posted by fancypants at 3:27 PM on December 6, 2017

If you're going to go the rescue route, I would say shop for the agency rather than the dog. A good rescue will ask you about your living situation and desires and will recommend dogs based on your responses; at the very least they'll steer you away from dogs that maybe too energetic or needy for your living situation.

The rescue that we worked with fosters all their dogs with local volunteers for at least a couple of weeks to try to figure out their personalities, which we found really helpful. And, since the dogs are all nearby, they brought our pick over to our home before we adopted her to see how she would react to our cats and us.
posted by backseatpilot at 3:35 PM on December 6, 2017 [3 favorites]

My greyhound is 70 lbs but basically only takes up the space of his (large) bed, because he sleeps allllll day. He loves outings but also sleeping. Stairs are a problem, though not for all of them, and he does require a wardrobe of coats and pajamas. The rescue did an excellent job of picking a dog for me, so I second backseat pilot's advice.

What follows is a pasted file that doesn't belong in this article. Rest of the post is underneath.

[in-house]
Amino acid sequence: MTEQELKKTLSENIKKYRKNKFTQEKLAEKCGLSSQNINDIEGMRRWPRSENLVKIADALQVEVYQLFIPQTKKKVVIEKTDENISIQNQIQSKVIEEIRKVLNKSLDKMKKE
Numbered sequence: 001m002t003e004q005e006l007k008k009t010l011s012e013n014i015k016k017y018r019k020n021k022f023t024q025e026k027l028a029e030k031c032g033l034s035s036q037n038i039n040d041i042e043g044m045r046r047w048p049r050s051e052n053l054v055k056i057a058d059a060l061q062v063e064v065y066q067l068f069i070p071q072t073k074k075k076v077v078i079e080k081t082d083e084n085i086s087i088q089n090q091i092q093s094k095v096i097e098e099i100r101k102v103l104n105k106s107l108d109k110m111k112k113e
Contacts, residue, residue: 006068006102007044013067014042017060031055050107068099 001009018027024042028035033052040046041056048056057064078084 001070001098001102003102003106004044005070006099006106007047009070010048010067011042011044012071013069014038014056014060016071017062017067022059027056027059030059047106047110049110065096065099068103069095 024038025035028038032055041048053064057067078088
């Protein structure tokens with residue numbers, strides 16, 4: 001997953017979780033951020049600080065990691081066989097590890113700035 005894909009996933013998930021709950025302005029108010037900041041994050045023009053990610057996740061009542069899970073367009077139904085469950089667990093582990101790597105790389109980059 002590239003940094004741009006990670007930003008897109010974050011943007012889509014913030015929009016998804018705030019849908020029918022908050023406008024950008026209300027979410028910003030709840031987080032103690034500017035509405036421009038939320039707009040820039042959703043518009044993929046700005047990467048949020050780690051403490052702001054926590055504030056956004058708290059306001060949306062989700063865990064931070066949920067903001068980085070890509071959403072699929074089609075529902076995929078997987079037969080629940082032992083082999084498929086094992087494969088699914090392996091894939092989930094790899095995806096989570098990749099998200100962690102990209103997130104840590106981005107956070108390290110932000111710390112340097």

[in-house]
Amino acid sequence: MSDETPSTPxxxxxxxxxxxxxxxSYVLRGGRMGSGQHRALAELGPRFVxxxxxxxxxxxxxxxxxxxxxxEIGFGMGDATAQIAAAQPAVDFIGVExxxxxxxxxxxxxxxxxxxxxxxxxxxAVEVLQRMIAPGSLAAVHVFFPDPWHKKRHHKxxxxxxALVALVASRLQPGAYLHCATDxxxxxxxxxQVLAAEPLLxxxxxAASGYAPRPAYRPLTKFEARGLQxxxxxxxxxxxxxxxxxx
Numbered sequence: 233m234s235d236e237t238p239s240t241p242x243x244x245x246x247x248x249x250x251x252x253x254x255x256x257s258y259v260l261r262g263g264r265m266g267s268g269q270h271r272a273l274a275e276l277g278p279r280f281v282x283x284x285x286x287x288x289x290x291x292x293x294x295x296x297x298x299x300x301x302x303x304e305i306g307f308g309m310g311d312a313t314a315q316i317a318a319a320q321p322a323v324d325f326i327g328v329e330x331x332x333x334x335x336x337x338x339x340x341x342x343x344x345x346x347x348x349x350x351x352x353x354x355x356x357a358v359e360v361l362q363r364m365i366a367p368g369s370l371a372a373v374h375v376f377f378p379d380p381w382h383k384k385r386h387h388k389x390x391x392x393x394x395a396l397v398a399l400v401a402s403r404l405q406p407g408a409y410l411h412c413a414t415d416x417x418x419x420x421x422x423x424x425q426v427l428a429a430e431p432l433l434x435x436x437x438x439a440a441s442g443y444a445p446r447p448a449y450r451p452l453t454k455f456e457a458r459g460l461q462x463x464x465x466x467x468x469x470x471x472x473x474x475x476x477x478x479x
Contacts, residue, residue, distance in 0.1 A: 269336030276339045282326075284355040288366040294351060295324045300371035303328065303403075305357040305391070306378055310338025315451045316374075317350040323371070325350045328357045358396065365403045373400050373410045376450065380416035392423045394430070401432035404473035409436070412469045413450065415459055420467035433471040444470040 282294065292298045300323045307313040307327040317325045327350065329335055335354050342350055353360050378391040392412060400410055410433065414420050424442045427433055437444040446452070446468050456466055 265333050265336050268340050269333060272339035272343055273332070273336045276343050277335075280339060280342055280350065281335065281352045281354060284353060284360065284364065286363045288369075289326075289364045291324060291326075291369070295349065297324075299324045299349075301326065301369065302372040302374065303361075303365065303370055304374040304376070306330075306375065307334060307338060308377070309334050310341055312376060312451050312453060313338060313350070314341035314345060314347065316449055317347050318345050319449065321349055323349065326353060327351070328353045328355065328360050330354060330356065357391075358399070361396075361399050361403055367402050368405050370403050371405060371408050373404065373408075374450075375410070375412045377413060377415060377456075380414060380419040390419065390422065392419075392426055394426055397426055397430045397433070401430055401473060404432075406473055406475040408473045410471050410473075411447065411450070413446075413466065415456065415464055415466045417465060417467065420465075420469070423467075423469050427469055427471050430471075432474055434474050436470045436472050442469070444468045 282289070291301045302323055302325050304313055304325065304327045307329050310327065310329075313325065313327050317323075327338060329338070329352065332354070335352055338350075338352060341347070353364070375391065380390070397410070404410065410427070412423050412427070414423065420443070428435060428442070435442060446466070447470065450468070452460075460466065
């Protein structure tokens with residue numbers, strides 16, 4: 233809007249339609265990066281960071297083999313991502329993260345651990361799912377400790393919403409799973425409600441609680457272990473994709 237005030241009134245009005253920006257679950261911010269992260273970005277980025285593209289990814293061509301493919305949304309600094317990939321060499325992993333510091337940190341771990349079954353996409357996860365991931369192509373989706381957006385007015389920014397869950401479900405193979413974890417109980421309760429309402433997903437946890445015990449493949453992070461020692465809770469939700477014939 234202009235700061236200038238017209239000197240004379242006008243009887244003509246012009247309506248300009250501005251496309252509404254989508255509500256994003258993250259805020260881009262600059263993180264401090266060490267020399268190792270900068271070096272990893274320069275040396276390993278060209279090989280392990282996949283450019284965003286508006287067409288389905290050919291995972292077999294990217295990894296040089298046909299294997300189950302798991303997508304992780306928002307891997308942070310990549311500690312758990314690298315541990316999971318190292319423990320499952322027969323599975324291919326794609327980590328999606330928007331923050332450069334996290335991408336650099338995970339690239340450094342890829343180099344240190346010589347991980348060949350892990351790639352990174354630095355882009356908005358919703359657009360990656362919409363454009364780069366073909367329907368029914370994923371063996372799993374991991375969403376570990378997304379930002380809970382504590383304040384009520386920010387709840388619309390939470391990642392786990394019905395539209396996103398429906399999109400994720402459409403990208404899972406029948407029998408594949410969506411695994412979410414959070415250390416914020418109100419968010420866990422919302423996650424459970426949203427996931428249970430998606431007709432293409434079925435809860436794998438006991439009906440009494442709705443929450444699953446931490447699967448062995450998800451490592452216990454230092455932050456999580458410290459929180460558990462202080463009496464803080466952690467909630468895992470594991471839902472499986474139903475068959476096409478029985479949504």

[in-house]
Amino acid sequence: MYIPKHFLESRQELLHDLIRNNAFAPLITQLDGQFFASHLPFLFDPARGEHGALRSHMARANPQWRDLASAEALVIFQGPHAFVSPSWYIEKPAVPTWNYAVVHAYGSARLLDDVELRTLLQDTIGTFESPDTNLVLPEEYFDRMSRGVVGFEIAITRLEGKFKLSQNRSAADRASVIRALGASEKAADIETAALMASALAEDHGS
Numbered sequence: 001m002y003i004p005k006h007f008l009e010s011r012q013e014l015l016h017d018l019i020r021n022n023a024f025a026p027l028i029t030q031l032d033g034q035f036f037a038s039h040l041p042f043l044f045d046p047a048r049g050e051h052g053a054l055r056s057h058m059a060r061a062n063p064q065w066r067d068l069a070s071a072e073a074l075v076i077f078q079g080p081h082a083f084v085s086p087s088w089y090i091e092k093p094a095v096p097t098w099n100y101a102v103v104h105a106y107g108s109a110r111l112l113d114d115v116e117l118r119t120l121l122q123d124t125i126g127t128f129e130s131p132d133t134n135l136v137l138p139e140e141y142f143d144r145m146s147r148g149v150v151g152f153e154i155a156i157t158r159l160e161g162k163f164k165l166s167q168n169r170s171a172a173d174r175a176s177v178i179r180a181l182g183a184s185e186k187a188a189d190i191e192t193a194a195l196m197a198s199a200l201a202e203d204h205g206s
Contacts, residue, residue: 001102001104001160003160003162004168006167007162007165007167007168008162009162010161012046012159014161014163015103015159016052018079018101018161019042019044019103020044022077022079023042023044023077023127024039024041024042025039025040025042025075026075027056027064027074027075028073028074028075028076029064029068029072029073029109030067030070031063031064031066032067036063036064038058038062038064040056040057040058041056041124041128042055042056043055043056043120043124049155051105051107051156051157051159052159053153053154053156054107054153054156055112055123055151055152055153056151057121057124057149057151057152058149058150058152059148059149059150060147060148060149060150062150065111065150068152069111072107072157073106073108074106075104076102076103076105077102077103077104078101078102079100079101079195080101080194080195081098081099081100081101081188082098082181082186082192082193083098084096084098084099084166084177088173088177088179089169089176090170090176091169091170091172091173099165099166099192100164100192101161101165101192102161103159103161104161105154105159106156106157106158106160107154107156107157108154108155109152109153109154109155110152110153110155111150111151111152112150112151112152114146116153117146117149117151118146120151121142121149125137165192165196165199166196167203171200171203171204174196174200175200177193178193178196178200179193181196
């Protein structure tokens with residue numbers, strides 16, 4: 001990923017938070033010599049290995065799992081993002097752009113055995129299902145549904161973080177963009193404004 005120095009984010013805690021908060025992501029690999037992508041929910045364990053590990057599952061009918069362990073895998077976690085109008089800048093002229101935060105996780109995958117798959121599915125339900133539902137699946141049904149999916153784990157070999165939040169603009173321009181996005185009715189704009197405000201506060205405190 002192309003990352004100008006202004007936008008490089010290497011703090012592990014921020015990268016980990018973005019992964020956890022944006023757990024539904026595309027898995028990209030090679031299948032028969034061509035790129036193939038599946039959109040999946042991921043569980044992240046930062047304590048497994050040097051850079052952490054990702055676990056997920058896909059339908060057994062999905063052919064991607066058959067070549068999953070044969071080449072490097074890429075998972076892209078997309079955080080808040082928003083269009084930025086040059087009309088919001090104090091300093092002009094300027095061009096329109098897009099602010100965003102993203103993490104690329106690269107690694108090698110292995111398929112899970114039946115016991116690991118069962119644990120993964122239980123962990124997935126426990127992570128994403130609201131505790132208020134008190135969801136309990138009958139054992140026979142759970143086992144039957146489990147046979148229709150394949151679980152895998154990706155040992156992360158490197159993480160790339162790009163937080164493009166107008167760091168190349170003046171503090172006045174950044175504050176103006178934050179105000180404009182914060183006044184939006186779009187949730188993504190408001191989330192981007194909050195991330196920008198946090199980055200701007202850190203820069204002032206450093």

posted by sepviva at 3:36 PM on December 6, 2017 [3 favorites]

Can I put in another plug for greyhounds? We've had a lurcher now for about three years. He learned quickly how to walk up the stairs and to stop trying to walk into mirrors and windows, and has been just the sweetest dog. He loves to lie on every soft thing in our apartment... a good greyhound rescue will be able to fit the right dog to your space and temperament.